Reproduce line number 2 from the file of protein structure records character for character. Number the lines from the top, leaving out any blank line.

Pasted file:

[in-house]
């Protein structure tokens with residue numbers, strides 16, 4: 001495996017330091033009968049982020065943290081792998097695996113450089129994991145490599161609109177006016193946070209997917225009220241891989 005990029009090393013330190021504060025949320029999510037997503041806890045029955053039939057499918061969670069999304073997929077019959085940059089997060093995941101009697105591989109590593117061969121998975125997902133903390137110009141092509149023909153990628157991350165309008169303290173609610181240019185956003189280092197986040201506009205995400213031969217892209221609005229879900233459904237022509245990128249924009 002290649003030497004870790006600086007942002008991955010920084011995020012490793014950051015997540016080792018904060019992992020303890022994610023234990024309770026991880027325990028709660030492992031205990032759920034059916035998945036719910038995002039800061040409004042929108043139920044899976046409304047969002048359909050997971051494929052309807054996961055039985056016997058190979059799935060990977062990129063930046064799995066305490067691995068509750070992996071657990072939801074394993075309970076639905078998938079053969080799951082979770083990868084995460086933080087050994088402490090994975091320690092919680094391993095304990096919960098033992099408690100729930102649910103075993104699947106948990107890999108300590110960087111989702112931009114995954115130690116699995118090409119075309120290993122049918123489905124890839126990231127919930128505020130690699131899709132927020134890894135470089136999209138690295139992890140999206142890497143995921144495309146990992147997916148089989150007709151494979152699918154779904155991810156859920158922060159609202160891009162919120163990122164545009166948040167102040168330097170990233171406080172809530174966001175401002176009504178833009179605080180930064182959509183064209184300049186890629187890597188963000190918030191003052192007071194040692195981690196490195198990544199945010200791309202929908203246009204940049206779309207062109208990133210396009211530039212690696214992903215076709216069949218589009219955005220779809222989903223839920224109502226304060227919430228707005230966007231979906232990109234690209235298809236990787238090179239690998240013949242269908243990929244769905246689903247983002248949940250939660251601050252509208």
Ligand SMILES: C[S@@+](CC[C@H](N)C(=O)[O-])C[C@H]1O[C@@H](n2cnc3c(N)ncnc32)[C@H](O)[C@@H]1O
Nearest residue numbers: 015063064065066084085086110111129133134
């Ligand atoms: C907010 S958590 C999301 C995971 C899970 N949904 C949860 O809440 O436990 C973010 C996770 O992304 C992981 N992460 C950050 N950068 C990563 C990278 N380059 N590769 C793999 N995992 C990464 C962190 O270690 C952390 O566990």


């Protein structure tokens with residue numbers, strides 16, 4: 001495996017330091033009968049982020065943290081792998097695996113450089129994991145490599161609109177006016193946070209997917225009220241891989 005990029009090393013330190021504060025949320029999510037997503041806890045029955053039939057499918061969670069999304073997929077019959085940059089997060093995941101009697105591989109590593117061969121998975125997902133903390137110009141092509149023909153990628157991350165309008169303290173609610181240019185956003189280092197986040201506009205995400213031969217892209221609005229879900233459904237022509245990128249924009 002290649003030497004870790006600086007942002008991955010920084011995020012490793014950051015997540016080792018904060019992992020303890022994610023234990024309770026991880027325990028709660030492992031205990032759920034059916035998945036719910038995002039800061040409004042929108043139920044899976046409304047969002048359909050997971051494929052309807054996961055039985056016997058190979059799935060990977062990129063930046064799995066305490067691995068509750070992996071657990072939801074394993075309970076639905078998938079053969080799951082979770083990868084995460086933080087050994088402490090994975091320690092919680094391993095304990096919960098033992099408690100729930102649910103075993104699947106948990107890999108300590110960087111989702112931009114995954115130690116699995118090409119075309120290993122049918123489905124890839126990231127919930128505020130690699131899709132927020134890894135470089136999209138690295139992890140999206142890497143995921144495309146990992147997916148089989150007709151494979152699918154779904155991810156859920158922060159609202160891009162919120163990122164545009166948040167102040168330097170990233171406080172809530174966001175401002176009504178833009179605080180930064182959509183064209184300049186890629187890597188963000190918030191003052192007071194040692195981690196490195198990544199945010200791309202929908203246009204940049206779309207062109208990133210396009211530039212690696214992903215076709216069949218589009219955005220779809222989903223839920224109502226304060227919430228707005230966007231979906232990109234690209235298809236990787238090179239690998240013949242269908243990929244769905246689903247983002248949940250939660251601050252509208």